so you wanna sample Comanche Springs?

Let’s say, hypothetically, you want to sample Comanche Springs. Here are some quick thoughts about that endeavor.

As the name suggests, Comanche Springs is series of springs that run up Comanche Creek:

After going dry in the late 50s and early 60s, the springs have seasonally returned here and there since the mid-1980s. Over the past decade or so, Big Chief, Koehler’s, and Blue Hole have seasonally returned along with minor seeps that can extend to a hundred feet downstream of the the Church Spring location. Government Spring probably would also be returning if not for a large borehole drilled in its spring basin (probably back in the 1950s when the water control and improvement district was desperate to find water for downspring irrigators).

Koehler’s and Blue Hole springs are seeps with storage (no identifiable feature water emits from and whatever water flows creates a pool of water) and, therefore, probably not the best for sampling. Work this spring on the diversion dam has created a backflow into these two springs as well. That leaves Big Chief Spring located to the side of the present-day pool. Big Chief is located in a locked cage, which has been its fate for an interestingly long time:

Big Chief Spring, one of the Comanche Springs, on the left inside the protective cage circa 1910
Big Chief Spring today on the other side of the pool.

I speculate that someone (a kid?) tried to swim into the spring back in the day, got their foot stuck, and drowned resulting in Big Chief’s containment ever since.

Something else to note between the two photographs is the natural pool in the older photograph and the Olympic-ish pool in the recent photograph. As Big Chief and Government springs were failing in the 1950s, the county stepped in to build the Olympic-ish pool inside the natural pool. When they did this, the springs were still flowing, albeit at a lower rate, and nobody knew what their ultimate fate would be. So the Olympic pool was smartly built on stilts to allow the springs to safely flow underneath the pool and into the nearby irrigation canal. This discharge pipe is about 30 inches in diameter and, over the past year, was covered with a grate (theoretically, one could gain access to the underpool by crawling through this pipe.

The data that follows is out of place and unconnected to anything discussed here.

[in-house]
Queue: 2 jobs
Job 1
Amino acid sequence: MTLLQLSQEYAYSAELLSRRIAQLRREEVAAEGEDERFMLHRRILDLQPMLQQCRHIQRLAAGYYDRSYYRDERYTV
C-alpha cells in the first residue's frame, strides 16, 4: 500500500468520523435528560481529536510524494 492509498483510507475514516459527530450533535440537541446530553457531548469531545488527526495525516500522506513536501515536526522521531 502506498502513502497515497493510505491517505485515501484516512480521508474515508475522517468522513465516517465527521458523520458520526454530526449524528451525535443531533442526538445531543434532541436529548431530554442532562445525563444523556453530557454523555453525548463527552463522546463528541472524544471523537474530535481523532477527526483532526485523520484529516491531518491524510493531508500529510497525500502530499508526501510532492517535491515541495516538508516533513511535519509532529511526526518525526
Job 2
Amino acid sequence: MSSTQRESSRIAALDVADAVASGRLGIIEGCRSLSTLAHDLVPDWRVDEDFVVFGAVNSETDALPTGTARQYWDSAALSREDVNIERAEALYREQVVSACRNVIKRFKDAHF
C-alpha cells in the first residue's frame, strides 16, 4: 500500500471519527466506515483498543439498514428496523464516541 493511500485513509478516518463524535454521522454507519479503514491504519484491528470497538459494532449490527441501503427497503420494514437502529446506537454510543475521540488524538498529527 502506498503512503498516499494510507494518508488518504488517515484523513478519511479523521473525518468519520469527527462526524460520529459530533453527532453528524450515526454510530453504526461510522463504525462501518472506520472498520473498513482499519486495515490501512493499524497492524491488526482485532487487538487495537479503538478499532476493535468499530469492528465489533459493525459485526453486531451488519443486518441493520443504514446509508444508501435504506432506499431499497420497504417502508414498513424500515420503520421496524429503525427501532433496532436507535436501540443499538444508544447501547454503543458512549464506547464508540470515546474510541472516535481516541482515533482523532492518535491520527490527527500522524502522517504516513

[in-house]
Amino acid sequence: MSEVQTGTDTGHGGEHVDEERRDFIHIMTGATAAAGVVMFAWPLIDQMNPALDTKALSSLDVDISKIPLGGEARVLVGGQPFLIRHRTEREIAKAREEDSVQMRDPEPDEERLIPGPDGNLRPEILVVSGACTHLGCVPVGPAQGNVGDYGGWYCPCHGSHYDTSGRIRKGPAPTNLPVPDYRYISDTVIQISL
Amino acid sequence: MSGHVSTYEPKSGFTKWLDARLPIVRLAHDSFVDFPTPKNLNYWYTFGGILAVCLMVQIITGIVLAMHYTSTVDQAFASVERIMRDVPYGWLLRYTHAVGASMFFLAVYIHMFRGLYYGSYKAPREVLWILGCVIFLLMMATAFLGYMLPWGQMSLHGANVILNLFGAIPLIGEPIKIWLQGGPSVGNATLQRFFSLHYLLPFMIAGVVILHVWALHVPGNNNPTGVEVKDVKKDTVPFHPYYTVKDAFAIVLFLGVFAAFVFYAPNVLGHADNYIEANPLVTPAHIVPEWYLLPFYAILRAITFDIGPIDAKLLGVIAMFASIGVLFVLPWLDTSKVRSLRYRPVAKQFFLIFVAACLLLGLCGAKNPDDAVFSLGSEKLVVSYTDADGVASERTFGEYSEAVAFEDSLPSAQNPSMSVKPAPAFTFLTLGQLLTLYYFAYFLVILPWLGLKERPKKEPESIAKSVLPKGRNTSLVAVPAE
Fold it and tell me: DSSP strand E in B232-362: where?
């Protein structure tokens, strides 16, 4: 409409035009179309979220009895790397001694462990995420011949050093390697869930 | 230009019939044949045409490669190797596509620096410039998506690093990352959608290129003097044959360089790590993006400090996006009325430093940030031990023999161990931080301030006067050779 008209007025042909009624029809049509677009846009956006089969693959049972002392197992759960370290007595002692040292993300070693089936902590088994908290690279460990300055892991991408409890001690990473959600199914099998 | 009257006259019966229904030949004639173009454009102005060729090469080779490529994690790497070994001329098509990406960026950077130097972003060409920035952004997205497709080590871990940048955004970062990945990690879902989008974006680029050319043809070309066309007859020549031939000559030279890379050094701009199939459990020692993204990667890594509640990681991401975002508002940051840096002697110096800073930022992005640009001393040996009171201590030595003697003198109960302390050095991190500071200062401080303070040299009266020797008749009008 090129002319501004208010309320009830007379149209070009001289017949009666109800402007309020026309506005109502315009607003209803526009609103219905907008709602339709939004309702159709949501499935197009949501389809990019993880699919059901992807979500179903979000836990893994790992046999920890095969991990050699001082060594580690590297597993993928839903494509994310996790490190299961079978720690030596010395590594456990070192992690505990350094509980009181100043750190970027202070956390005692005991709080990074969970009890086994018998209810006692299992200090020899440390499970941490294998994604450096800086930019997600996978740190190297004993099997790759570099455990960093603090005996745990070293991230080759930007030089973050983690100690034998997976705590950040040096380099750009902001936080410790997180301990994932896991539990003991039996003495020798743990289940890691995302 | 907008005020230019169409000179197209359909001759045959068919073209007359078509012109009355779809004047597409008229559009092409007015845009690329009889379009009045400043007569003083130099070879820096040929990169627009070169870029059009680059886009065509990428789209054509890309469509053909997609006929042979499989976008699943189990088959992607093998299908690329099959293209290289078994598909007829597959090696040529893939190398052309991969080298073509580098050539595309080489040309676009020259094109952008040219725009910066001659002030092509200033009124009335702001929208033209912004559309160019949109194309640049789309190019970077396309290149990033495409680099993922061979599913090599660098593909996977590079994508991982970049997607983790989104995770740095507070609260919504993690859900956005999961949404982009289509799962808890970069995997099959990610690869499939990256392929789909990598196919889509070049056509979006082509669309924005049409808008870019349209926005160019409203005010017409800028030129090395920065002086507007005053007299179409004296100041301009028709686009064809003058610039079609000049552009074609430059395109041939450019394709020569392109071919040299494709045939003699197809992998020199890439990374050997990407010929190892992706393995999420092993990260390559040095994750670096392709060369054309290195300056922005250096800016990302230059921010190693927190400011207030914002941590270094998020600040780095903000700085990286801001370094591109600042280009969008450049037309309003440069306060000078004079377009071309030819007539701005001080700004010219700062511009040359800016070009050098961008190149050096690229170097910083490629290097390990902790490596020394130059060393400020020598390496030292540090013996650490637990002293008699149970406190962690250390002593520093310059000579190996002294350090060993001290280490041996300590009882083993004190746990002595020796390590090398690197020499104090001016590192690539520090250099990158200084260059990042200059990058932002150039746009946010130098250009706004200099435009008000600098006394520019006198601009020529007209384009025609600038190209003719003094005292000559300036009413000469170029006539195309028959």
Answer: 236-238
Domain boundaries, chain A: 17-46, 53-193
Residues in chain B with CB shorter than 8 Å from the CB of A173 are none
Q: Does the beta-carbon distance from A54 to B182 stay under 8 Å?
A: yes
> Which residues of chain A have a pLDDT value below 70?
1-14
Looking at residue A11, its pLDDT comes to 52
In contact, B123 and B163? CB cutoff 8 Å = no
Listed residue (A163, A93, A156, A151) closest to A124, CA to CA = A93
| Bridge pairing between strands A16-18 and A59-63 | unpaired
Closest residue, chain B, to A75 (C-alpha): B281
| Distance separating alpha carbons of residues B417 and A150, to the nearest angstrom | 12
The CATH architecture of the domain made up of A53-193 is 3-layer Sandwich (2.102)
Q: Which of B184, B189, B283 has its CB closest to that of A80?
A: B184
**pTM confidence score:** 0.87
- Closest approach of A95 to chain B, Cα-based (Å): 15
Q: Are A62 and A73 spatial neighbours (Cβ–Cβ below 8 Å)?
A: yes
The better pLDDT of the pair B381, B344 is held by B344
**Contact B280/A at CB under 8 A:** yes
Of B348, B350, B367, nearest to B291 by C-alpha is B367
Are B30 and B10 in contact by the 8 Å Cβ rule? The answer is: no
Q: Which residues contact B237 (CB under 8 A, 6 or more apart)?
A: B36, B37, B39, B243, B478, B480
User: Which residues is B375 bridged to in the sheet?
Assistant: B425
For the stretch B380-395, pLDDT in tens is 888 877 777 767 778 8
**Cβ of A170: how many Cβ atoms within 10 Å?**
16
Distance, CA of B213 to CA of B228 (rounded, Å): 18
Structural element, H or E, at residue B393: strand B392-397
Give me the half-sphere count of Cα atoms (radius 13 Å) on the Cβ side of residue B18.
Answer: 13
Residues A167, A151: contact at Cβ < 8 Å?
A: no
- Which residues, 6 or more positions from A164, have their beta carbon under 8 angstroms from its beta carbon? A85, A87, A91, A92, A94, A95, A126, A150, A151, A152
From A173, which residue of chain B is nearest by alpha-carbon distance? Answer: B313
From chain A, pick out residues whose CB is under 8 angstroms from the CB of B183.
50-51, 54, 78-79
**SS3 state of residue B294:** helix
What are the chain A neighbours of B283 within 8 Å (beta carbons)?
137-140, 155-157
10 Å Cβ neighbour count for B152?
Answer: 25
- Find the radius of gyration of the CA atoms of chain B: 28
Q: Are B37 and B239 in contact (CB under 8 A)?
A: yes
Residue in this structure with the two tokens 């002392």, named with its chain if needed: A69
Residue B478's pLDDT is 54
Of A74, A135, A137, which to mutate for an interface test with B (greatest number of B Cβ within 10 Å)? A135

Last year.
This year.

Flow is about 10 cfs. Relative to the spring, this outlet into the canal is here:

The space under the pool is a bit nasty:

So you may want to sample directly from the spring. You can get access through the local groundwater conservation district, which offices a short walk away from the spring. The flow at 10 cfs appears mellow and not gushy (how’s that for a scientific explanation!). I’ve been there when the flow wasn’t quite high enough to prevent “air gulping” back into (or perhaps out of?) the cave system. Sounded like a poorly balanced washing machine.

Cavers have mapped out part of the cave system for the spring. The system extends some distance to the west toward town and is relatively close to the land surface. Back in the 1950s, as the city’s water well supply was threatened by lower flows, one concern was leaking wastewater infrastructure impacting water quality in the underlying, unconfined aquifer hosting their wells (and the cave system to the springs), something else to consider when sampling (perhaps allowing the system to flush before sampling).

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